On February 13, Education.com hosted a webinar with Dr. Diane Staehr Fenner, co-author of Unlocking English Learners’ Potential: Strategies for Making Content Accessible. Along with Heather Anderson, 2016 Oregon Teacher of the Year, Dr. Fenner led the session through a host of practical ways to help English Learners (ELs) succeed in the classroom.
1. Know your ELs
There is great diversity among ELs. Before you can successfully plan instruction and scaffolds for students, you must learn more about your specific students’ strengths and areas of growth. Begin by assessing your ELs’ level of proficiency in English and gather information about your students’ ability to read and write in their home language. If your students are new to the United States, try to connect with parents to determine what educational experiences they had in their home country.
In addition, it helps to find time to connect with you EL students and gain a better sense of their experiences, their likes and dislikes. As Dr. Fenner stressed on the webinar, it’s important to operate from an assets-perspective and start with getting to know all the things our EL students can do.
Watch Dr. Fenner discuss the importance of knowing your ELs:
2. Identify needed language and/or skills
When planning for individual lessons, consider the academic language and skills your students will need in order to effectively participate in the lesson. Think about language demands at the word, sentence, and discourse level. Consider vocabulary, syntax, structural, and sequencing skills. After identifying which language and/or skills students will need, it is time to plan your lesson and corresponding supports for ELs.
Dr. Fenner on the power of academic language and how it affects ELs:
3. Plan the lesson
Most likely, you will be planning lessons for ELs at varying levels of English proficiency. To help meet the needs of all ELs, consider scaffolds that you can provide for beginning, intermediate, and advanced students. Use the chart below for ideas about how you can support students at all levels of EL proficiency. The scaffolds for all levels provide great ideas too!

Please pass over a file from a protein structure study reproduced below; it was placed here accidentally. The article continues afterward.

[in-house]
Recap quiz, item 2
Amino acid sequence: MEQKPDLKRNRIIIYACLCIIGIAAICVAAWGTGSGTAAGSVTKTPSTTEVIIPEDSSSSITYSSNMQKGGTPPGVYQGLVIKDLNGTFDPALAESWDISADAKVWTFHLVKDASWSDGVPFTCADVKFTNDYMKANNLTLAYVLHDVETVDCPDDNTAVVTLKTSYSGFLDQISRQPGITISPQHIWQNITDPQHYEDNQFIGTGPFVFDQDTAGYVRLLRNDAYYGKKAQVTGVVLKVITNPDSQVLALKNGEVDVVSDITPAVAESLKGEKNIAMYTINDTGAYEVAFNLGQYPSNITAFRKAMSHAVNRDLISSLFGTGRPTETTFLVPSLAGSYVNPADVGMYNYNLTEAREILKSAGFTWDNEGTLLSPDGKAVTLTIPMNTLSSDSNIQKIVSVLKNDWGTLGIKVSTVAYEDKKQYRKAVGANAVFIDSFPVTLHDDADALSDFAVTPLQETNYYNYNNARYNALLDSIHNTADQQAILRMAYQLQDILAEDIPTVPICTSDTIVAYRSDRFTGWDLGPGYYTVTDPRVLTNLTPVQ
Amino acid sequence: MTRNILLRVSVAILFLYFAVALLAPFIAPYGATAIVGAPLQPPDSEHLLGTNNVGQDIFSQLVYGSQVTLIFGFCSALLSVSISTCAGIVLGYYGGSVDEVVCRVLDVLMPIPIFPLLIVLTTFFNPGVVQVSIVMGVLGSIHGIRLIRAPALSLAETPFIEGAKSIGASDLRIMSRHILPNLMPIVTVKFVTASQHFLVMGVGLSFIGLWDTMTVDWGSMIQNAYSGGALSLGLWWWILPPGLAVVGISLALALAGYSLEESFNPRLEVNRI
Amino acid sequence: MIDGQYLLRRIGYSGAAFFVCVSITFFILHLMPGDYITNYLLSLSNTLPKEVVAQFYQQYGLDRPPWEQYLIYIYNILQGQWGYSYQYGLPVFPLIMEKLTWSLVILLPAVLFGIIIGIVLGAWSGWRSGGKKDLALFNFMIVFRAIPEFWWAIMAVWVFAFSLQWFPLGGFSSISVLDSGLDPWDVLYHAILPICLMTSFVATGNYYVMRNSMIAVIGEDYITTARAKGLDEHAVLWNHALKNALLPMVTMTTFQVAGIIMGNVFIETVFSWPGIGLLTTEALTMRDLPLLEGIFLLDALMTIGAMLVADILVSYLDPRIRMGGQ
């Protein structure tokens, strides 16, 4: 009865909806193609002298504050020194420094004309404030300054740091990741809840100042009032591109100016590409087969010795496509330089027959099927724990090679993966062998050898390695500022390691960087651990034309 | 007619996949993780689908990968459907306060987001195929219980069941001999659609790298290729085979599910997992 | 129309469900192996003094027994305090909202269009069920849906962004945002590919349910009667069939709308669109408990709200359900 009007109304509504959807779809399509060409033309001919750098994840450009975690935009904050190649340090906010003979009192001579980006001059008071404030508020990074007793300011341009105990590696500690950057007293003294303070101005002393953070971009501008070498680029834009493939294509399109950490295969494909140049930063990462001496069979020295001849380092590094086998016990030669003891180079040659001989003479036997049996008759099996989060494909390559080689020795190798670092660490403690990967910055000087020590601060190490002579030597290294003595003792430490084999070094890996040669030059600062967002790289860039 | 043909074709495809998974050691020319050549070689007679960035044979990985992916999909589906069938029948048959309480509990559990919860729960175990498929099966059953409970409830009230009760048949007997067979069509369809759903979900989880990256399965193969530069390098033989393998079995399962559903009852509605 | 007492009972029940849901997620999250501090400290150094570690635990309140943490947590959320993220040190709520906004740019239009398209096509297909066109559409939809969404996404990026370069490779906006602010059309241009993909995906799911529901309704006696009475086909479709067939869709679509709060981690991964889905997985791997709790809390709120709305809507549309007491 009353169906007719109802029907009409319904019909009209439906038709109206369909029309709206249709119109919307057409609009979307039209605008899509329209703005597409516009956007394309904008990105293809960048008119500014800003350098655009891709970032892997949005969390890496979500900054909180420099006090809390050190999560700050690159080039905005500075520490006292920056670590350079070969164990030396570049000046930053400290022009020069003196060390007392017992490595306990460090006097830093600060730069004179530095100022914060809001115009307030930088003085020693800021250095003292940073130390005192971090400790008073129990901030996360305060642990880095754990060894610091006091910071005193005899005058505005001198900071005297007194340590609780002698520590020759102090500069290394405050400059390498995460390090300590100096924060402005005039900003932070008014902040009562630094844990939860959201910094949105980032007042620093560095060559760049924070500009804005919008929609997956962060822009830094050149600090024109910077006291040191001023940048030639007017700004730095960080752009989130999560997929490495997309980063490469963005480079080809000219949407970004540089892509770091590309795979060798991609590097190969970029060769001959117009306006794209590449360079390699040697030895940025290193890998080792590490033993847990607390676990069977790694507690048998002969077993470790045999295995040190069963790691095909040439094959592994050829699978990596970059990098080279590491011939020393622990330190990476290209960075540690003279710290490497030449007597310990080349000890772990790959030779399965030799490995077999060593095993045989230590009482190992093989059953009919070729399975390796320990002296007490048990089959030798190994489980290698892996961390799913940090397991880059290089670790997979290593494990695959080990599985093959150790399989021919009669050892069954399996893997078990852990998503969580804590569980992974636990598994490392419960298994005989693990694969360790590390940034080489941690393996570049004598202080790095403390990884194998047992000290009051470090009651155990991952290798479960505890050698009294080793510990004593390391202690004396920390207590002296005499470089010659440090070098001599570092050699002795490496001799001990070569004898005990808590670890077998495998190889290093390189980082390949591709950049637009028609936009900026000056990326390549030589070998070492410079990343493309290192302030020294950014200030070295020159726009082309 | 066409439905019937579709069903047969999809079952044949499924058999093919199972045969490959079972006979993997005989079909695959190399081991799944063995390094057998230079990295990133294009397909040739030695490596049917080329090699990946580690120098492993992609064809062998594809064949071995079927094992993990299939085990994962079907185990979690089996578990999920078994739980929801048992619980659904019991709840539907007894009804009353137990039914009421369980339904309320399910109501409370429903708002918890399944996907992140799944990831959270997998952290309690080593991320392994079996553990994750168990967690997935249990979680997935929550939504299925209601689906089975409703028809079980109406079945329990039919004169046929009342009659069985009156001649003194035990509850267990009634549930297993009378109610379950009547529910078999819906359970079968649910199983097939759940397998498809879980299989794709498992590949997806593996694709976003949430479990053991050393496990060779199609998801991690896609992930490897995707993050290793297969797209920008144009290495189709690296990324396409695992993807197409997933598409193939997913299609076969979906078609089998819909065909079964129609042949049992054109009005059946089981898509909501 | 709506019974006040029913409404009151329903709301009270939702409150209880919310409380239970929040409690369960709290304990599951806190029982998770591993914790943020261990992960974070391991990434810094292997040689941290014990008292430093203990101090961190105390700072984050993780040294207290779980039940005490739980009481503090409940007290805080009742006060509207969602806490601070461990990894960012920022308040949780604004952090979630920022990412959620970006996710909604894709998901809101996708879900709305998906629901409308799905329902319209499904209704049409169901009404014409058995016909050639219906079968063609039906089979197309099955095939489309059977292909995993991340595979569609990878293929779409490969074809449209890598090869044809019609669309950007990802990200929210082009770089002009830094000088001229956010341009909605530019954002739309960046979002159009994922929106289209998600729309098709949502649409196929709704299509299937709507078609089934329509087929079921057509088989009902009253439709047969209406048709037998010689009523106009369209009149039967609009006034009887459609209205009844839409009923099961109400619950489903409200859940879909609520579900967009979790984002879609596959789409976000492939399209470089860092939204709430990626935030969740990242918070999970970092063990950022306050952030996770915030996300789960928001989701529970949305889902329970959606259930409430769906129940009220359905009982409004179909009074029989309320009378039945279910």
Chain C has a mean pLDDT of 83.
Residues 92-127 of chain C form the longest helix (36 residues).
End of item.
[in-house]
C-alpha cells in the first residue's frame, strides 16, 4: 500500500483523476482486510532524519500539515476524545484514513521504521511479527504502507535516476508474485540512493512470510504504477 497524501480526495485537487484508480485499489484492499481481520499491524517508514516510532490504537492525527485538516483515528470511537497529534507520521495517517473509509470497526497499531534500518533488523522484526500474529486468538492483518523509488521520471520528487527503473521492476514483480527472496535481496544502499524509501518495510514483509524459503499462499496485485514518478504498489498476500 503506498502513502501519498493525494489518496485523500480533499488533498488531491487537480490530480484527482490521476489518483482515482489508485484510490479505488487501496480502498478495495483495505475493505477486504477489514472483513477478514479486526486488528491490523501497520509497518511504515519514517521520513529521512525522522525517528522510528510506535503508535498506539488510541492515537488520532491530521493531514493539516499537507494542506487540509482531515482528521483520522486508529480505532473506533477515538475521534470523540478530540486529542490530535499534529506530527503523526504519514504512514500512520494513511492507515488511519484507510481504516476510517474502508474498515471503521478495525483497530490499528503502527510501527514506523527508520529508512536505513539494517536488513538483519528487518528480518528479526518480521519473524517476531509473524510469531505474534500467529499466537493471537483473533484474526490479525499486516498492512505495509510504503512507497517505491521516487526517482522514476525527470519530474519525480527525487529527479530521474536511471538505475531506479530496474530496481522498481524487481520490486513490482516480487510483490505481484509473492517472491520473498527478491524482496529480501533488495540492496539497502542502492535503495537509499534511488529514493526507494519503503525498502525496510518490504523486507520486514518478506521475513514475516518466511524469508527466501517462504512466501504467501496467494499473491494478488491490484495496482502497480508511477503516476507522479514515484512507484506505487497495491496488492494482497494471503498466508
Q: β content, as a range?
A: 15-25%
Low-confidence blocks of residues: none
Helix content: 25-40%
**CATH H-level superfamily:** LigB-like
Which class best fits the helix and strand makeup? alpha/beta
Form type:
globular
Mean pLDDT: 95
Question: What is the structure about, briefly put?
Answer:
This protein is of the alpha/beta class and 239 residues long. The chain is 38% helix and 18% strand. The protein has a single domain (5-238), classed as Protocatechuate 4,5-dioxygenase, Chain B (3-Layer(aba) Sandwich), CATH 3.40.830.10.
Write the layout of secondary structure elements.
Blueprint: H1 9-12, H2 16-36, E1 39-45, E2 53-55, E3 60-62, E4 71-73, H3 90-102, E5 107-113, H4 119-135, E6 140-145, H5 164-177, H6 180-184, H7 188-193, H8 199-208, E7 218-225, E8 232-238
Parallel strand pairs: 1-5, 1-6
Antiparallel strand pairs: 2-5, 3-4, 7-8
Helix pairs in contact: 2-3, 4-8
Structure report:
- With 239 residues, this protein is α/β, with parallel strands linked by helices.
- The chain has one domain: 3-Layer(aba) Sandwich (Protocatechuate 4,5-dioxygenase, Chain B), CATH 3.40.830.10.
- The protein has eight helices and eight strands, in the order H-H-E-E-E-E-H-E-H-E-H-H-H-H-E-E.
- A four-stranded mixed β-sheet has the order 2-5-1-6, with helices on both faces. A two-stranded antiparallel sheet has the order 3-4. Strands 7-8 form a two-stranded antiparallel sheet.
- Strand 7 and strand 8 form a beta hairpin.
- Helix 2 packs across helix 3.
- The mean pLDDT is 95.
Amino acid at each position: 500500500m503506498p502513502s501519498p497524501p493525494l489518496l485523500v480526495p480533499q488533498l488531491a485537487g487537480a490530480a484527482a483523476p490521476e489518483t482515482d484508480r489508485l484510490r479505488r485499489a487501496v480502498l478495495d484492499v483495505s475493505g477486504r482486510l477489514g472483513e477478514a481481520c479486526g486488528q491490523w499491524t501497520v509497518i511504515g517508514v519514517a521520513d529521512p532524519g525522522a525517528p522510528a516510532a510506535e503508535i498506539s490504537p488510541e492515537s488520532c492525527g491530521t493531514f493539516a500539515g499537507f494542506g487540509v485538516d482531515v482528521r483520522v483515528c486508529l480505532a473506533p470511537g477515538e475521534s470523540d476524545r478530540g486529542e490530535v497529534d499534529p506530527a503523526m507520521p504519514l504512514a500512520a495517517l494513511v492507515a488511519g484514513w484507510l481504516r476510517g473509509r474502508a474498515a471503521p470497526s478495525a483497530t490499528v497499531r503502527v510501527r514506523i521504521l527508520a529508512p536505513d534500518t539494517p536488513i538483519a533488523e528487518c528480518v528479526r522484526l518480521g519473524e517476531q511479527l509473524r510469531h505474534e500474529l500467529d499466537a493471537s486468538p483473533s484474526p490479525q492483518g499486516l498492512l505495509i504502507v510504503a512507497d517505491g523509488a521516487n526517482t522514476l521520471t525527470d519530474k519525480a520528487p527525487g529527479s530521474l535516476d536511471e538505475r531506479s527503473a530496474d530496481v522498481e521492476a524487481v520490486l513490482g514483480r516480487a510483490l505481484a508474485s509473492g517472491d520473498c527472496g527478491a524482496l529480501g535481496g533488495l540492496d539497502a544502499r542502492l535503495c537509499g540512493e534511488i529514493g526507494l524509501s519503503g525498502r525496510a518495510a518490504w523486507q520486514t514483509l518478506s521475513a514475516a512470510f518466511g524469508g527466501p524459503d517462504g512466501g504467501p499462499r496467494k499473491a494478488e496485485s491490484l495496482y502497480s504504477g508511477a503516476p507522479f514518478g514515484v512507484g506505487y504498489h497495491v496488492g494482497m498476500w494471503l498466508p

Dr. Fenner on planning lessons for ELs:
4. Select and develop appropriate materials
When planning a lesson, think about what are the most appropriate materials to use with your ELs. In the webinar, Dr. Fenner presented various criterion for selecting materials, including connection to content learning objectives, age appropriateness, multi-modality supports, home-language support, and availability for access beyond school. She provided a checklist to use, which can be seen below.
After planning which materials you’ll use, think about how you can adapt these materials for use with ELs. For example, you could have students start with a short passage before moving onto reading an entire text. You could also pre-teach vocabulary or provide a visual glossary to accompany the introduction of new words.
Dr. Fenner briefly discusses preparing materials for EL lessons:
5. Make adjustments
During the webinar, Dr. Fenner discussed the importance of providing and eventually removing scaffolds as students develop fluency. As Dr. Fenner said, the goal is to “use and lose scaffolds.” As your ELs make their way through lessons, assess how they are doing and adjust the scaffolding and materials that you provide them in response to their needs.
Dr. Fenner on the benefits of collaborating on lessons for ELs:
What steps do you take when planning and implementing lessons for ELs? Whatever your current process is, consider how you can incorporate some of Dr. Fenner’s ideas into your approach.
Watch the entire webinar below:
By Lily Jones, former kindergarten & first grade teacher, instructional coach, curriculum developer, and teacher trainer. Throughout everything she does, Lily hopes to make learning fun for both teachers and students.